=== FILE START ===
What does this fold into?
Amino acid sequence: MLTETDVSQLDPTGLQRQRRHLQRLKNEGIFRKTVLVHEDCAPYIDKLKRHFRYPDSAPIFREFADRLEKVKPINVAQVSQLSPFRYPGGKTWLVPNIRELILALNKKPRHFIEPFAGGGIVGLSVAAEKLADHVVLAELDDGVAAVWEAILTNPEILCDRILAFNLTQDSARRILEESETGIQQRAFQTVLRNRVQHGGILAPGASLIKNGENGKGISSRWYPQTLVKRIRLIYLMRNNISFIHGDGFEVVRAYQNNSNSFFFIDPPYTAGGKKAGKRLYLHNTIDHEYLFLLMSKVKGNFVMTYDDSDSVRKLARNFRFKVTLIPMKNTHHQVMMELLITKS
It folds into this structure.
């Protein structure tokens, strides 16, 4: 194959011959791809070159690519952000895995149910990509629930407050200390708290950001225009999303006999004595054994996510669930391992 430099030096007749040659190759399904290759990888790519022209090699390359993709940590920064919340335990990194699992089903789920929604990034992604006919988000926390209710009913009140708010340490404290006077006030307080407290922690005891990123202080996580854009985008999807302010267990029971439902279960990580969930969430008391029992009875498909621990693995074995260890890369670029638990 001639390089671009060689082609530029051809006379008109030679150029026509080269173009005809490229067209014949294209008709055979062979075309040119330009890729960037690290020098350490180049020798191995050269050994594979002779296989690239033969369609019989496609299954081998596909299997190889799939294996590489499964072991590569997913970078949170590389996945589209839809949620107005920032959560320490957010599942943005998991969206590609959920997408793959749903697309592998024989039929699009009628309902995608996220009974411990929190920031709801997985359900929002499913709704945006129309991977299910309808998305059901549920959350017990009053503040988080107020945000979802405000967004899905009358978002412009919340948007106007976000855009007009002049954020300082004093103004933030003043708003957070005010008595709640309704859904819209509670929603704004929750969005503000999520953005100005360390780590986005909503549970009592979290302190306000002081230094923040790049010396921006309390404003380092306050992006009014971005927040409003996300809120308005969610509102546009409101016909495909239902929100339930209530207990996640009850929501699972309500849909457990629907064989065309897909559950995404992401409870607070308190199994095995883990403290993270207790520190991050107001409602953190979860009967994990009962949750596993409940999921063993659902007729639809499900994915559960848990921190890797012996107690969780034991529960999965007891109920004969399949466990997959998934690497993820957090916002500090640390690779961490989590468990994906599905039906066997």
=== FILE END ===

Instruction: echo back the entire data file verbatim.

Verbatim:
What does this fold into?
Amino acid sequence: MLTETDVSQLDPTGLQRQRRHLQRLKNEGIFRKTVLVHEDCAPYIDKLKRHFRYPDSAPIFREFADRLEKVKPINVAQVSQLSPFRYPGGKTWLVPNIRELILALNKKPRHFIEPFAGGGIVGLSVAAEKLADHVVLAELDDGVAAVWEAILTNPEILCDRILAFNLTQDSARRILEESETGIQQRAFQTVLRNRVQHGGILAPGASLIKNGENGKGISSRWYPQTLVKRIRLIYLMRNNISFIHGDGFEVVRAYQNNSNSFFFIDPPYTAGGKKAGKRLYLHNTIDHEYLFLLMSKVKGNFVMTYDDSDSVRKLARNFRFKVTLIPMKNTHHQVMMELLITKS
It folds into this structure.
């Protein structure tokens, strides 16, 4: 194959011959791809070159690519952000895995149910990509629930407050200390708290950001225009999303006999004595054994996510669930391992 430099030096007749040659190759399904290759990888790519022209090699390359993709940590920064919340335990990194699992089903789920929604990034992604006919988000926390209710009913009140708010340490404290006077006030307080407290922690005891990123202080996580854009985008999807302010267990029971439902279960990580969930969430008391029992009875498909621990693995074995260890890369670029638990 001639390089671009060689082609530029051809006379008109030679150029026509080269173009005809490229067209014949294209008709055979062979075309040119330009890729960037690290020098350490180049020798191995050269050994594979002779296989690239033969369609019989496609299954081998596909299997190889799939294996590489499964072991590569997913970078949170590389996945589209839809949620107005920032959560320490957010599942943005998991969206590609959920997408793959749903697309592998024989039929699009009628309902995608996220009974411990929190920031709801997985359900929002499913709704945006129309991977299910309808998305059901549920959350017990009053503040988080107020945000979802405000967004899905009358978002412009919340948007106007976000855009007009002049954020300082004093103004933030003043708003957070005010008595709640309704859904819209509670929603704004929750969005503000999520953005100005360390780590986005909503549970009592979290302190306000002081230094923040790049010396921006309390404003380092306050992006009014971005927040409003996300809120308005969610509102546009409101016909495909239902929100339930209530207990996640009850929501699972309500849909457990629907064989065309897909559950995404992401409870607070308190199994095995883990403290993270207790520190991050107001409602953190979860009967994990009962949750596993409940999921063993659902007729639809499900994915559960848990921190890797012996107690969780034991529960999965007891109920004969399949466990997959998934690497993820957090916002500090640390690779961490989590468990994906599905039906066997």